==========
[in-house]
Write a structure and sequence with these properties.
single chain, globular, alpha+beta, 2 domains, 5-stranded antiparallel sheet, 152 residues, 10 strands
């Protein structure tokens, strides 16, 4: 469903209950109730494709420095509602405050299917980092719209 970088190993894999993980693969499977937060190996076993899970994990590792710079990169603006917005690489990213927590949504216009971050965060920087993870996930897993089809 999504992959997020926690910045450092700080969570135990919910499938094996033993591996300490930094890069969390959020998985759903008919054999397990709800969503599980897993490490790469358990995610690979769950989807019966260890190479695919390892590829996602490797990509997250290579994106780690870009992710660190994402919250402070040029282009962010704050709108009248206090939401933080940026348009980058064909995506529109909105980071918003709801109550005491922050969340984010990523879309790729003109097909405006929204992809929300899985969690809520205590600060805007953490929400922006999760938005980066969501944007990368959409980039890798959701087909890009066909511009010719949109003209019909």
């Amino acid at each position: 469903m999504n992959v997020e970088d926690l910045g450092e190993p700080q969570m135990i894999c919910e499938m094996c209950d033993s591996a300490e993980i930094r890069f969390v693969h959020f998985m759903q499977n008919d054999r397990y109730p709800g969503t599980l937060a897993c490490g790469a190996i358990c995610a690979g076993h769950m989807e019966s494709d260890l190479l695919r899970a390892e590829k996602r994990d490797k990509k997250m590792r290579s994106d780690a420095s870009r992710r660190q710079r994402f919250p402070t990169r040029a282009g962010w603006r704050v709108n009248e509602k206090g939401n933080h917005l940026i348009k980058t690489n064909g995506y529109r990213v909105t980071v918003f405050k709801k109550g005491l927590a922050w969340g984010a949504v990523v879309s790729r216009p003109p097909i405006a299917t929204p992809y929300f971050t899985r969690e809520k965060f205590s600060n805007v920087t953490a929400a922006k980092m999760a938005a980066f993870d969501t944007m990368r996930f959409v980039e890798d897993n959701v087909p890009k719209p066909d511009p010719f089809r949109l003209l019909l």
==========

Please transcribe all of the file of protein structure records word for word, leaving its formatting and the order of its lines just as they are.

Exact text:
[in-house]
Write a structure and sequence with these properties.
single chain, globular, alpha+beta, 2 domains, 5-stranded antiparallel sheet, 152 residues, 10 strands
């Protein structure tokens, strides 16, 4: 469903209950109730494709420095509602405050299917980092719209 970088190993894999993980693969499977937060190996076993899970994990590792710079990169603006917005690489990213927590949504216009971050965060920087993870996930897993089809 999504992959997020926690910045450092700080969570135990919910499938094996033993591996300490930094890069969390959020998985759903008919054999397990709800969503599980897993490490790469358990995610690979769950989807019966260890190479695919390892590829996602490797990509997250290579994106780690870009992710660190994402919250402070040029282009962010704050709108009248206090939401933080940026348009980058064909995506529109909105980071918003709801109550005491922050969340984010990523879309790729003109097909405006929204992809929300899985969690809520205590600060805007953490929400922006999760938005980066969501944007990368959409980039890798959701087909890009066909511009010719949109003209019909």
């Amino acid at each position: 469903m999504n992959v997020e970088d926690l910045g450092e190993p700080q969570m135990i894999c919910e499938m094996c209950d033993s591996a300490e993980i930094r890069f969390v693969h959020f998985m759903q499977n008919d054999r397990y109730p709800g969503t599980l937060a897993c490490g790469a190996i358990c995610a690979g076993h769950m989807e019966s494709d260890l190479l695919r899970a390892e590829k996602r994990d490797k990509k997250m590792r290579s994106d780690a420095s870009r992710r660190q710079r994402f919250p402070t990169r040029a282009g962010w603006r704050v709108n009248e509602k206090g939401n933080h917005l940026i348009k980058t690489n064909g995506y529109r990213v909105t980071v918003f405050k709801k109550g005491l927590a922050w969340g984010a949504v990523v879309s790729r216009p003109p097909i405006a299917t929204p992809y929300f971050t899985r969690e809520k965060f205590s600060n805007v920087t953490a929400a922006k980092m999760a938005a980066f993870d969501t944007m990368r996930f959409v980039e890798d897993n959701v087909p890009k719209p066909d511009p010719f089809r949109l003209l019909l």